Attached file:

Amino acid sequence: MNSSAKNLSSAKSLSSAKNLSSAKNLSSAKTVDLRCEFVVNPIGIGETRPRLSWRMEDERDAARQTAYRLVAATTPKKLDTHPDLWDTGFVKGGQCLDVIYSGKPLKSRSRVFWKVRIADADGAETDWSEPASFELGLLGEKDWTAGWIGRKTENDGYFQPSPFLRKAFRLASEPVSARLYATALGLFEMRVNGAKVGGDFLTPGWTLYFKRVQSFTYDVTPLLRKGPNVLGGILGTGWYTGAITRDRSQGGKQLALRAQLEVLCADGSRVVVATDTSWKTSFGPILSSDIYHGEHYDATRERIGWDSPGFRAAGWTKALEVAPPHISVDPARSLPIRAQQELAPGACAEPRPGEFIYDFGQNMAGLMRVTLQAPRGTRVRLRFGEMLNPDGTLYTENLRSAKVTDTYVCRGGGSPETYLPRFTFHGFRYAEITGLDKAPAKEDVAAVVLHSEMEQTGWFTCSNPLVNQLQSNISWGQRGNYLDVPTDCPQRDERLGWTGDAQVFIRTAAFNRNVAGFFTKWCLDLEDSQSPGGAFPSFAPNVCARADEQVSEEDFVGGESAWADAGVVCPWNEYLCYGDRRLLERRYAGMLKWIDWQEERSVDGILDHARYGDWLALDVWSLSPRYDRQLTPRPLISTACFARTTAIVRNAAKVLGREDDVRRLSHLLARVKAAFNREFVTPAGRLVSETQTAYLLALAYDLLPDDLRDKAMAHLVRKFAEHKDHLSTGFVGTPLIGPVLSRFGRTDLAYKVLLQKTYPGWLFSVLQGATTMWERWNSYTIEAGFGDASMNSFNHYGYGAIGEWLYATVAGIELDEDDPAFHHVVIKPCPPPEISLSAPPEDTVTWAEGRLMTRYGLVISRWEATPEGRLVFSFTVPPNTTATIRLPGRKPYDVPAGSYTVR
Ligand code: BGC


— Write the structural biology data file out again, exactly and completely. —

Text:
Amino acid sequence: MNSSAKNLSSAKSLSSAKNLSSAKNLSSAKTVDLRCEFVVNPIGIGETRPRLSWRMEDERDAARQTAYRLVAATTPKKLDTHPDLWDTGFVKGGQCLDVIYSGKPLKSRSRVFWKVRIADADGAETDWSEPASFELGLLGEKDWTAGWIGRKTENDGYFQPSPFLRKAFRLASEPVSARLYATALGLFEMRVNGAKVGGDFLTPGWTLYFKRVQSFTYDVTPLLRKGPNVLGGILGTGWYTGAITRDRSQGGKQLALRAQLEVLCADGSRVVVATDTSWKTSFGPILSSDIYHGEHYDATRERIGWDSPGFRAAGWTKALEVAPPHISVDPARSLPIRAQQELAPGACAEPRPGEFIYDFGQNMAGLMRVTLQAPRGTRVRLRFGEMLNPDGTLYTENLRSAKVTDTYVCRGGGSPETYLPRFTFHGFRYAEITGLDKAPAKEDVAAVVLHSEMEQTGWFTCSNPLVNQLQSNISWGQRGNYLDVPTDCPQRDERLGWTGDAQVFIRTAAFNRNVAGFFTKWCLDLEDSQSPGGAFPSFAPNVCARADEQVSEEDFVGGESAWADAGVVCPWNEYLCYGDRRLLERRYAGMLKWIDWQEERSVDGILDHARYGDWLALDVWSLSPRYDRQLTPRPLISTACFARTTAIVRNAAKVLGREDDVRRLSHLLARVKAAFNREFVTPAGRLVSETQTAYLLALAYDLLPDDLRDKAMAHLVRKFAEHKDHLSTGFVGTPLIGPVLSRFGRTDLAYKVLLQKTYPGWLFSVLQGATTMWERWNSYTIEAGFGDASMNSFNHYGYGAIGEWLYATVAGIELDEDDPAFHHVVIKPCPPPEISLSAPPEDTVTWAEGRLMTRYGLVISRWEATPEGRLVFSFTVPPNTTATIRLPGRKPYDVPAGSYTVR
Ligand code: BGC